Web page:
As far as how they realistically work;  Random guy on the internet that wants to get rich quick creates a NFT "project" that involves a bunch of pictures of whatever things they think are meme worthy.  Pictures get put online and they mint crypto coins that are associated with the pictures.  Then they start the pump-and-dump hype train to get people to buy the coins, and run off with the fiat currency that all the suckers used to buy the crypto "currency" that went with the NFTs.  It's a pyramid scheme like any other.  If you want to make money, you start your own pyramid.


There a few that work the way you describe (a token gives you 'shares' of a piece of 'digital art'), but most of the time the actual piece of digital content belongs directly to you and is associated with your wallet completely separate from any coin.

Most of them are still purchased by some version of Ethereum but Solana is starting to be a cheaper alternative.
 
hej
2022-09-14 8:29:12 AM  

GriffXX: hej: fireclown: Can someone explain NFTs to me in a way that they don't sound stupid?  I feel like I'm not getting something critical.  I get that something is worth whatever someone is willing to pay for it, and that making money off peoples willingness to buy worthless things is perfectly legal and moral, but I just can't get my head around NFTs.

I'm not sure if you're asking about NFTs as a technology, or NFTs as a concept, or functionally and culturally how are people using them.  Others have already take a stab at explaining them from a technical aspect, and honestly, I don't think it's all that important, apart from pointing out that it's laughably stupid.  There's any number of YouTube videos out there explaining why.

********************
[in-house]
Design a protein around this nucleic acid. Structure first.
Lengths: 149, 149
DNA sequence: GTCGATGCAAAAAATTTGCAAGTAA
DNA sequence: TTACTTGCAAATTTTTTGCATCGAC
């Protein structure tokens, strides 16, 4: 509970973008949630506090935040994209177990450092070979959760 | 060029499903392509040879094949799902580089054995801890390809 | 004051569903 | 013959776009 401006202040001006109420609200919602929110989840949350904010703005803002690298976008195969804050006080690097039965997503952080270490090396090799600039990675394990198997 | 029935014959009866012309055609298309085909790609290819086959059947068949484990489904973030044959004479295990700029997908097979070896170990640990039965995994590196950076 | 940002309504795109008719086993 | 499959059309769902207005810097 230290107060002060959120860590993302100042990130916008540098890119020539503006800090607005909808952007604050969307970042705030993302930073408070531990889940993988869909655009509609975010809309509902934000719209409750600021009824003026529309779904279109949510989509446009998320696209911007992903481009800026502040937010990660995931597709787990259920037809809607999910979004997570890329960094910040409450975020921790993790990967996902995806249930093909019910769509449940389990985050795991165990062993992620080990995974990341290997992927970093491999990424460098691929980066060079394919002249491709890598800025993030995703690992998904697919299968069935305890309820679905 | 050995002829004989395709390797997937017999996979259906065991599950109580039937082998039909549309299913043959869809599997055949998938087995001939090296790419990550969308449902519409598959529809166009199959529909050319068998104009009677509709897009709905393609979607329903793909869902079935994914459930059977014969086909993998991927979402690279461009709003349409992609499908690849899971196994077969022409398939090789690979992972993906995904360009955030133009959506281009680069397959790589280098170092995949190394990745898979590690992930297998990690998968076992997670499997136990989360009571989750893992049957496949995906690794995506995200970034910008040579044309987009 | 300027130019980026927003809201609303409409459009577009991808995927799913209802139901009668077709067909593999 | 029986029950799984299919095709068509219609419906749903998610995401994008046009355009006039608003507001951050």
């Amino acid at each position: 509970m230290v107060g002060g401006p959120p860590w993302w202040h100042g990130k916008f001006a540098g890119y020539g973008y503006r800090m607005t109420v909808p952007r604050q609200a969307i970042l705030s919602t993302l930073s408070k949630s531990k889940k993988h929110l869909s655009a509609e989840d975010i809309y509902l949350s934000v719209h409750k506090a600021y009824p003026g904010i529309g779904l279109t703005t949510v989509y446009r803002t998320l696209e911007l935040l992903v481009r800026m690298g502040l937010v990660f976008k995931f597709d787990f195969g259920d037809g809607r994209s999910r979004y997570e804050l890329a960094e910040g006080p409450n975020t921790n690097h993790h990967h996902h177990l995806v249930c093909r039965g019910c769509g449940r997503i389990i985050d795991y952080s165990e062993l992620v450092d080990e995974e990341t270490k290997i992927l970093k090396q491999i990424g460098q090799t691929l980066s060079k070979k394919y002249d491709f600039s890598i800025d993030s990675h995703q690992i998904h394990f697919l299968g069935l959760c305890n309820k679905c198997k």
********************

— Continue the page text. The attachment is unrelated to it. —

As a concept; you're supposedly staking a digital claim to digital art of something else that is allegedly unique and interesting.  You "own" the NFT by owning a related crypto coin.

As far as how they realistically work;  Random guy on the internet that wants to get rich quick creates a NFT "project" that involves a bunch of pictures of whatever things they think are meme worthy.  Pictures get put online and they mint crypto coins that are associated with the pictures.  Then they start the pump-and-dump hype train to get people to buy the coins, and run off with the fiat currency that all the suckers used to buy the crypto "currency" that went with the NFTs.  It's a pyramid scheme like any other.  If you want to make money, you start your own pyramid.

There a few that work the way you describe (a token gives you 'shares' of a piece of 'digital art'), but most of the time the actual piece of digital content belongs directly to you and is associated with your wallet completely separate from any coin.